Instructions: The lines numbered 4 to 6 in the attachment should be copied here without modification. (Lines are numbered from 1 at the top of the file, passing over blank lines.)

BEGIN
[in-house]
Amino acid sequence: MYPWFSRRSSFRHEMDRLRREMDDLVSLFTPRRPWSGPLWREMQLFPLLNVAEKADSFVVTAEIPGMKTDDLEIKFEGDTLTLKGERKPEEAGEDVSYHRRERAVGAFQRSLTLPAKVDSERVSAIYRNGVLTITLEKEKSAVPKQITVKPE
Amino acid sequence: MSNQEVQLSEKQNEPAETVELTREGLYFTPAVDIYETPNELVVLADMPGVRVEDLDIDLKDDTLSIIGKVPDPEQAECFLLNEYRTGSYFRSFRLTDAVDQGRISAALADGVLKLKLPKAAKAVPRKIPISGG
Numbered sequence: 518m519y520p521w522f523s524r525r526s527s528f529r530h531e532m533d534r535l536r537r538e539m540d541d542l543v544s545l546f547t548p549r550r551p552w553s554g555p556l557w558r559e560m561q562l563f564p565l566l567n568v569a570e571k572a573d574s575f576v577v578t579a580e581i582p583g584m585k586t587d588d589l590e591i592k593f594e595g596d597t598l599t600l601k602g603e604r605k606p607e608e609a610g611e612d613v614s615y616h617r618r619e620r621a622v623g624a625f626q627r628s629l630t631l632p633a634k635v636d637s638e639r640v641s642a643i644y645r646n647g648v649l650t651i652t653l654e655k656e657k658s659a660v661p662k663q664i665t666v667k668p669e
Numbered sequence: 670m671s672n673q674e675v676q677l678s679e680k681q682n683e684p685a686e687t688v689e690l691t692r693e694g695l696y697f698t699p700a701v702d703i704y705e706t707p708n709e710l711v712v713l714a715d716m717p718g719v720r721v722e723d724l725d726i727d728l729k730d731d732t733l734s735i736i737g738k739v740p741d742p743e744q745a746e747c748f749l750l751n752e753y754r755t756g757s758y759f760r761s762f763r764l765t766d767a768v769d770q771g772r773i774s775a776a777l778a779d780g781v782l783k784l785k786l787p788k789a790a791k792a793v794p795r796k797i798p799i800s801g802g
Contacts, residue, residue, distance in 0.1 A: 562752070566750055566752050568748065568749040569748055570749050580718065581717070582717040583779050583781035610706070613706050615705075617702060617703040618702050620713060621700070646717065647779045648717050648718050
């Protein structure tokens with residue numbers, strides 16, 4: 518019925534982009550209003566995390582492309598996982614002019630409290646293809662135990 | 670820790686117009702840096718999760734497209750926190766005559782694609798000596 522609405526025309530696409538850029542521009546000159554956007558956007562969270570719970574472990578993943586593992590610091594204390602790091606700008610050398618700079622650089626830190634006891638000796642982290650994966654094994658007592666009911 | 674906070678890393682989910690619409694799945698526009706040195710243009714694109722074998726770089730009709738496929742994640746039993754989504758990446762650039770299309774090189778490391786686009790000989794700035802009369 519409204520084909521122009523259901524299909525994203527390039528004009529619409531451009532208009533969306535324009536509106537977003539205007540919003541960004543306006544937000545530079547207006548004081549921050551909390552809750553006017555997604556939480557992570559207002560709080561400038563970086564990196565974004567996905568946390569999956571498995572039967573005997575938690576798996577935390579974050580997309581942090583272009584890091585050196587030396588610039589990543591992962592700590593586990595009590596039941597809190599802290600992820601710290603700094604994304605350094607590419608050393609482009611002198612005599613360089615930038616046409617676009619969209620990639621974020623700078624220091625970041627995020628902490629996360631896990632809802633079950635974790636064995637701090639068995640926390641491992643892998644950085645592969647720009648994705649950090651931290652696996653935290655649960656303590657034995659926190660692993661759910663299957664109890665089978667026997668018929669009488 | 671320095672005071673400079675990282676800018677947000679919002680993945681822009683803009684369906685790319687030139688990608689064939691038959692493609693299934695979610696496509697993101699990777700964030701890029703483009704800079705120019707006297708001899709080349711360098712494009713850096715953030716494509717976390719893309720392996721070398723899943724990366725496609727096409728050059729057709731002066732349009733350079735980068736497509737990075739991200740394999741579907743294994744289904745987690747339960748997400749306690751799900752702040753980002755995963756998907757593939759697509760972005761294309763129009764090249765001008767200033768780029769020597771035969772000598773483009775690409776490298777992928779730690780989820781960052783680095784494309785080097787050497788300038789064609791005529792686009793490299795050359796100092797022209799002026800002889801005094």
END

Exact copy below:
Numbered sequence: 518m519y520p521w522f523s524r525r526s527s528f529r530h531e532m533d534r535l536r537r538e539m540d541d542l543v544s545l546f547t548p549r550r551p552w553s554g555p556l557w558r559e560m561q562l563f564p565l566l567n568v569a570e571k572a573d574s575f576v577v578t579a580e581i582p583g584m585k586t587d588d589l590e591i592k593f594e595g596d597t598l599t600l601k602g603e604r605k606p607e608e609a610g611e612d613v614s615y616h617r618r619e620r621a622v623g624a625f626q627r628s629l630t631l632p633a634k635v636d637s638e639r640v641s642a643i644y645r646n647g648v649l650t651i652t653l654e655k656e657k658s659a660v661p662k663q664i665t666v667k668p669e
Numbered sequence: 670m671s672n673q674e675v676q677l678s679e680k681q682n683e684p685a686e687t688v689e690l691t692r693e694g695l696y697f698t699p700a701v702d703i704y705e706t707p708n709e710l711v712v713l714a715d716m717p718g719v720r721v722e723d724l725d726i727d728l729k730d731d732t733l734s735i736i737g738k739v740p741d742p743e744q745a746e747c748f749l750l751n752e753y754r755t756g757s758y759f760r761s762f763r764l765t766d767a768v769d770q771g772r773i774s775a776a777l778a779d780g781v782l783k784l785k786l787p788k789a790a791k792a793v794p795r796k797i798p799i800s801g802g
Contacts, residue, residue, distance in 0.1 A: 562752070566750055566752050568748065568749040569748055570749050580718065581717070582717040583779050583781035610706070613706050615705075617702060617703040618702050620713060621700070646717065647779045648717050648718050